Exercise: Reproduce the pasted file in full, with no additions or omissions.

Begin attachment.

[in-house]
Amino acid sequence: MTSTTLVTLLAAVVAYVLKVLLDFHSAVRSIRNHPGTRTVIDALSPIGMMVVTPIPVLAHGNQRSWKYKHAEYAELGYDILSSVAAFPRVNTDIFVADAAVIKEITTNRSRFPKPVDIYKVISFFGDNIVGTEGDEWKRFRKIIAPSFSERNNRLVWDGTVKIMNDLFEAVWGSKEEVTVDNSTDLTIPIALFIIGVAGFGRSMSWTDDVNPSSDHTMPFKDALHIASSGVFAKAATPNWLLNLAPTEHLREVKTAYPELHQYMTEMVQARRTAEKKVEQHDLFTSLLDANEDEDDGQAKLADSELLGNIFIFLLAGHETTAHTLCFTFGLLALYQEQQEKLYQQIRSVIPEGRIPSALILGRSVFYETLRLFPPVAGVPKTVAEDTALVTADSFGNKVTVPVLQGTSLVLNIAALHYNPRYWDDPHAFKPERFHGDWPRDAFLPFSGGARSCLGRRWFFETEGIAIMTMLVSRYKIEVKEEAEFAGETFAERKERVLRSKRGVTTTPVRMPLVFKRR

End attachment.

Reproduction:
[in-house]
Amino acid sequence: MTSTTLVTLLAAVVAYVLKVLLDFHSAVRSIRNHPGTRTVIDALSPIGMMVVTPIPVLAHGNQRSWKYKHAEYAELGYDILSSVAAFPRVNTDIFVADAAVIKEITTNRSRFPKPVDIYKVISFFGDNIVGTEGDEWKRFRKIIAPSFSERNNRLVWDGTVKIMNDLFEAVWGSKEEVTVDNSTDLTIPIALFIIGVAGFGRSMSWTDDVNPSSDHTMPFKDALHIASSGVFAKAATPNWLLNLAPTEHLREVKTAYPELHQYMTEMVQARRTAEKKVEQHDLFTSLLDANEDEDDGQAKLADSELLGNIFIFLLAGHETTAHTLCFTFGLLALYQEQQEKLYQQIRSVIPEGRIPSALILGRSVFYETLRLFPPVAGVPKTVAEDTALVTADSFGNKVTVPVLQGTSLVLNIAALHYNPRYWDDPHAFKPERFHGDWPRDAFLPFSGGARSCLGRRWFFETEGIAIMTMLVSRYKIEVKEEAEFAGETFAERKERVLRSKRGVTTTPVRMPLVFKRR